Mason: THE GENESIS OF THE CENTRAL WALES OREFIELD
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taken place in Central Wales since Bronze Age times (for copper), with
a recently-discovered smelting-site near Talybont providing evidence
that the Romans worked lead in the area. Later mining was for lead and
silver (Elizabethan and Civil War times)
and zinc became important from the mid-19th century onwards. Modest
amounts of marcasite and barium minerals have been produced locally and
one mine has been looked at as a potential calcite resource. Mining
ceased in the
early 20th century, but much research has since been undertaken, with a
host of unusual ore minerals being identified from the mid-1980s
Orefield is a polyphase mineralised terrain,
in which the mineralisation is epigenetic vein-type and at least twelve
of fracturing and mineralisation, represented by successive
crosscutting mineral assemblages, have been identified. The
mineralisation is entirely hosted by Upper Ordovician to Lower Silurian
clastic marine sediments.
The veins are apparently all post-Acadian in age, with a range of Pb-Pb
suggesting emplacement from Devonian through to Permian times.
mineralisation is very different from the pre-tectonic
metallogenic province known as the Dolgellau Gold-belt, only a short
distance to the north.
The Gold-belt, however, is a mesothermal metamorphic gold-quartz vein
province hosted by a highly
altered suite of Cambrian sediments and intrusives (including some with
porphyry-type Cu mineralisation): the paragenetic and
alteration patterns are completely different and the veins themselves
have, via Acadian deformation, been strongly folded, boudinaged and
Back to Central Wales: in mineralogical terms, the veins are dominated
by quartz with two major
generations of carbonate, the early one being ferroan dolomite and the
later one calcite. Baryte and witherite are late-stage components in
the eastern part of the orefield. Fluorite is absent so far as we know.
Sulphides are locally abundant and may form large masses or ribs.
Galena and sphalerite are broadly speaking the most abundant, with
lesser chalcopyrite and tetrahedrite and locally important marcasite. A
wide range of accessory ore minerals, particularly cobalt
and nickel-bearing species, occur in certain assemblages.
The paragenetic determinations that allowed the sequence of emplacement
of the assemblages to be
determined (as set out in the table below) were based on observations
of cross-cutting veins and rebrecciation. A frequent feature in Central
Wales is to find one assemblage occurring in a vein cutting
another, or to find one assemblage rebrecciated and cemented by
another. In such cases it is straightforward to say that one came
first, the other later. Moreover regional patterns, in which such
observations repeat themselves time and again, tend to build up as more
sites are studied.
a view of part of Cwmystwyth
mine, one of the larger mines of Central Wales, where extraction of
ores has intermittently occurred since the Bronze Age. Several of the
twelve Central Wales mineral assemblages may be identified here.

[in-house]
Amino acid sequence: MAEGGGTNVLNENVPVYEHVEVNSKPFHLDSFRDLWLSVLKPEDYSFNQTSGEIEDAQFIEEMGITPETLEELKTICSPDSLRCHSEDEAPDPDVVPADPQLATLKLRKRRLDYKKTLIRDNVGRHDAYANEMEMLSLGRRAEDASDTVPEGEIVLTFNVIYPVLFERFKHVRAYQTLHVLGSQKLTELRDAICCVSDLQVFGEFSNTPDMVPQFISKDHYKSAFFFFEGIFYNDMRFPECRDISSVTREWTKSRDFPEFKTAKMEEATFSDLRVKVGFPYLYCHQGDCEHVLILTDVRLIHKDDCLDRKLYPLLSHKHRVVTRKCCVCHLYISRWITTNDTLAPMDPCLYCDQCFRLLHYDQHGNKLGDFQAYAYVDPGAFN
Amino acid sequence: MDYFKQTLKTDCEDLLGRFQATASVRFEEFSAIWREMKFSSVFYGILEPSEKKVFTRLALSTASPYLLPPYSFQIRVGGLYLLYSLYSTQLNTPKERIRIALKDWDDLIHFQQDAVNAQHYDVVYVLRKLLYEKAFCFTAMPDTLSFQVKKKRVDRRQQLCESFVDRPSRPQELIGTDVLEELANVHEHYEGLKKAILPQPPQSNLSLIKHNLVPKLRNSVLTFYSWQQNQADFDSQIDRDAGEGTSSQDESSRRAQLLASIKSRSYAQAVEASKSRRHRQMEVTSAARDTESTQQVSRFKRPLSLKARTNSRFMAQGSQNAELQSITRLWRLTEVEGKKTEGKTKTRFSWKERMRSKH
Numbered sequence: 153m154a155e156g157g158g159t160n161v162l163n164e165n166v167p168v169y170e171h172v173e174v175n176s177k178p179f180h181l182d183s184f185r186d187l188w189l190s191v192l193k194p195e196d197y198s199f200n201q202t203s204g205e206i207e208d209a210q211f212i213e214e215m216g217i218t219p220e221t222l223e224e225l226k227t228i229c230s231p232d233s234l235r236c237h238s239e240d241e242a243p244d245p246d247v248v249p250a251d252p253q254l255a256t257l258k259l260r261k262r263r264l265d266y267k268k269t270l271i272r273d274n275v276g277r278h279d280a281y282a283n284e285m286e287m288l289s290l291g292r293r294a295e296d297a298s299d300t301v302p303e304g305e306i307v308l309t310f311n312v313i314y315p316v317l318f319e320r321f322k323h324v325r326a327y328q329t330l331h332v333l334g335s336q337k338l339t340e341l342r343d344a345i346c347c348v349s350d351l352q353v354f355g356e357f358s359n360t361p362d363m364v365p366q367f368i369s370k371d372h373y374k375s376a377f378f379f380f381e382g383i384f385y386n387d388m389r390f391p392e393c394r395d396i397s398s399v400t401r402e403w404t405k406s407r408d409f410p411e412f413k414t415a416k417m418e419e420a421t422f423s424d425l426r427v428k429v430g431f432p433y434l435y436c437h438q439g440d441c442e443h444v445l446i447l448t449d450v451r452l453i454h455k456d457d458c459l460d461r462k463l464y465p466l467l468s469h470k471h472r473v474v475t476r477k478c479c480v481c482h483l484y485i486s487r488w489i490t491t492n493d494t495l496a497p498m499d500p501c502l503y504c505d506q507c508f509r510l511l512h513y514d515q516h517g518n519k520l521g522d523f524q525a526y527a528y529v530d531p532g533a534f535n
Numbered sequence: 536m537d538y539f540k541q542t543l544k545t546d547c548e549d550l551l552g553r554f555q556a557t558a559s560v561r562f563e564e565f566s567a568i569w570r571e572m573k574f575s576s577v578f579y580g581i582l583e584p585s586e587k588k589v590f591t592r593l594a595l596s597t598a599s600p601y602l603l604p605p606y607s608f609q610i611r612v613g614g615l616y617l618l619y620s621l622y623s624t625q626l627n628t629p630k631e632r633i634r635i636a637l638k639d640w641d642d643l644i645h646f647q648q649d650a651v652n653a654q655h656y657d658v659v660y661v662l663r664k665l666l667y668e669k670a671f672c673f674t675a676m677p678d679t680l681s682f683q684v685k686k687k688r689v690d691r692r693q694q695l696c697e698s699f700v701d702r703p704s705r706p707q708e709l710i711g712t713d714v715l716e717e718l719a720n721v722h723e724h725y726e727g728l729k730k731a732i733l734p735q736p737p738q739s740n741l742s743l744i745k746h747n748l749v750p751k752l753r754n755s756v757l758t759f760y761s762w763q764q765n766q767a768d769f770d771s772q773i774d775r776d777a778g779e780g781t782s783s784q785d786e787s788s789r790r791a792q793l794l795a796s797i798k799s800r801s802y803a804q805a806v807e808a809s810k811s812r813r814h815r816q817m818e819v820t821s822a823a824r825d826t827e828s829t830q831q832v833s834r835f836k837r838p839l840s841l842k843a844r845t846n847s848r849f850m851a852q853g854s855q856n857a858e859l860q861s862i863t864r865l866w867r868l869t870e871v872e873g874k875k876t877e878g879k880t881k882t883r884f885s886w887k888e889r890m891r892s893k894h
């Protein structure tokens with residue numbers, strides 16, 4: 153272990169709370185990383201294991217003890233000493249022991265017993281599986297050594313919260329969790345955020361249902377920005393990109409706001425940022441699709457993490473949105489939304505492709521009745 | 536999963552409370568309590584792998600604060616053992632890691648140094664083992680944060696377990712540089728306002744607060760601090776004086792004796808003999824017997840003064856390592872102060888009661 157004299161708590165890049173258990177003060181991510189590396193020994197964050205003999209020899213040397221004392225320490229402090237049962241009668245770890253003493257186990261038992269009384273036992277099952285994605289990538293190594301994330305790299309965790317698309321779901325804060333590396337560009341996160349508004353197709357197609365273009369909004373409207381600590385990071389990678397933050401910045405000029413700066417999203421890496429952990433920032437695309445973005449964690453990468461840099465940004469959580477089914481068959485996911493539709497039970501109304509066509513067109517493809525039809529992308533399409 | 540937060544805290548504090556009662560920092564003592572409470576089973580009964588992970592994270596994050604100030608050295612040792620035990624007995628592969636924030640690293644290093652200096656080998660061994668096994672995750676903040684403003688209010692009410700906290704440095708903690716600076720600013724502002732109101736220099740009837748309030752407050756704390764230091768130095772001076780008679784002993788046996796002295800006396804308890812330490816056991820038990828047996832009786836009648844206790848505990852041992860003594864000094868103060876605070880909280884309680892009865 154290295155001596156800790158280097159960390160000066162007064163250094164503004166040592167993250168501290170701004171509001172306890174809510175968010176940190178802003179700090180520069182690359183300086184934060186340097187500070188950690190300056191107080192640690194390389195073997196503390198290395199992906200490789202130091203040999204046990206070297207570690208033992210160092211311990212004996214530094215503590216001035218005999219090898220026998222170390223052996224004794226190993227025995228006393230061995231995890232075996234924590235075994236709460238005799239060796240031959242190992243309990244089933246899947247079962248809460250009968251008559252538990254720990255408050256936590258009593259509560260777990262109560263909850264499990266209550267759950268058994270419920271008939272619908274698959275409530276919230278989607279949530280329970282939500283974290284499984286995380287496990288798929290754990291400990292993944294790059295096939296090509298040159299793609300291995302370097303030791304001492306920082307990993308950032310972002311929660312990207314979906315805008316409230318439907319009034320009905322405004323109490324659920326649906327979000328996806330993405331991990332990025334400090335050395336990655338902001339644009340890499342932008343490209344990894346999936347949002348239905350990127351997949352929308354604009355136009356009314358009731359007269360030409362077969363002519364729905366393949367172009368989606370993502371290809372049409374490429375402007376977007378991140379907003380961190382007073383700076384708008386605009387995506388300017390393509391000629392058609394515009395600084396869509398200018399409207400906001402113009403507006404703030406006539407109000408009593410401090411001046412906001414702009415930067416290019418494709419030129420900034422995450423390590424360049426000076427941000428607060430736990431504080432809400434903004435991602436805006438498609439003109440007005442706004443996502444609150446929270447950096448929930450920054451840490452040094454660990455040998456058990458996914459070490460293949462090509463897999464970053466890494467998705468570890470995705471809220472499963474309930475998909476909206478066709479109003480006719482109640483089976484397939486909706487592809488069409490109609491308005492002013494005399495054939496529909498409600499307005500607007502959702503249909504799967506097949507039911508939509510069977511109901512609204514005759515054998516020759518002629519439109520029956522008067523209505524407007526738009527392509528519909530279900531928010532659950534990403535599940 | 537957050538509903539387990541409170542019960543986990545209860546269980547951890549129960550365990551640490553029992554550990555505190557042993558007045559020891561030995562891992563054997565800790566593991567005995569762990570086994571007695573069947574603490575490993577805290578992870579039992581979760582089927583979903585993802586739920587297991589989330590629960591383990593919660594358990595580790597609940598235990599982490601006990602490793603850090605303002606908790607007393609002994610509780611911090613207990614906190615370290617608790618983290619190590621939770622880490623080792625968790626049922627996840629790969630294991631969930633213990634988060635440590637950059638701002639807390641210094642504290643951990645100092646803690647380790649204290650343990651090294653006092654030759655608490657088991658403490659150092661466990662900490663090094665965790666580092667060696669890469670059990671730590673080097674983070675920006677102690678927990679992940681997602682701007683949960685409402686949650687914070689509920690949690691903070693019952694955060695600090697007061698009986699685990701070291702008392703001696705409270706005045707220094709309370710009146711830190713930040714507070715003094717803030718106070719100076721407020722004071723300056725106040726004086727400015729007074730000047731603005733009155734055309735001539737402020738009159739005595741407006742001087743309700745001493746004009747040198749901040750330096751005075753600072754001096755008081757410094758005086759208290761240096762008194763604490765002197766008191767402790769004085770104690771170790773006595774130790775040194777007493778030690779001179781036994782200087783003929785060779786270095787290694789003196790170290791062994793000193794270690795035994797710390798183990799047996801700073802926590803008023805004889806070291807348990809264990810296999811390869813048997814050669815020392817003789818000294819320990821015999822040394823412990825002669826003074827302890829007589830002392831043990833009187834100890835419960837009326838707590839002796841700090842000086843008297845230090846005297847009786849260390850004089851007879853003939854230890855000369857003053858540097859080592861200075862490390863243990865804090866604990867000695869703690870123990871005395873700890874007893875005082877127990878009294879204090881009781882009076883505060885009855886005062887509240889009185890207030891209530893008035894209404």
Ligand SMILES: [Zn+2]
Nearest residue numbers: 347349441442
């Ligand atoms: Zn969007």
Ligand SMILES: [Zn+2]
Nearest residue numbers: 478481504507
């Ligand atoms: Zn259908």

The twelve successive mineral assemblages I deduced in my MPhil
research & later
publications may conveniently be divided into Early (A1) and late (A2).
The original terms ("early-complex" and "late-simple") I now utterly
loathe and would discourage their use!
suggested ages are
based on a lead isotope study using paragenetically selected galena
samples collected in a joint piece of work with geochemists at the
British Geological Survey in
the late 1980s. The model isotopic ages were certainly consistent with
the "paragenetic relative ages" of the assemblages. The paragenetically
last Central Wales assemblage - the A2-f marcasite
assemblage, has not been studied isotopically - no galena! If the Pb-Pb
dates are correct - they date material up to the A2-C assemblage, which
appears to be of Permian age - then it appears that
events continued, perhaps into post-Permian times.
Interestingly some of the later Central Wales assemblages with
consistent Permian Pb-Pb dates are texturally very similar to the MVT
assemblages of the UK Pennine Orefields, and evidence
exposed at Ogmore in South Wales demonstrates conclusively that the
responsible for the MVT deposits of South Wales continued at least into
Central Wales features, in
addition to the more typical Pb-Zn-Cu ores, a number of unusual
metalliferous minerals, and particularly several species containing
nickel and cobalt. This is a sample, magnified x1.5, of pinkish grey
metallic siegenite (Ni,Co)3S4
associated with brassy yellow chalcopyrite in quartz-cemented breccia.
The table below gives details of the primary paragenesis. The
assemblages are listed in order of deposition as are the minerals in
each assemblage. Species underlined are major economic components,
those in italic only occur in trace amounts; the rest are minor phases
occurring at more than two localities.
These commonly feature a high mineral species diversity and often have
a fine grainsize, so that
ore petrology is absolutely vital for their full paragenetic study. The
most diverse stage, the A1-C
assemblage, is very likely to yield more ore mineral species with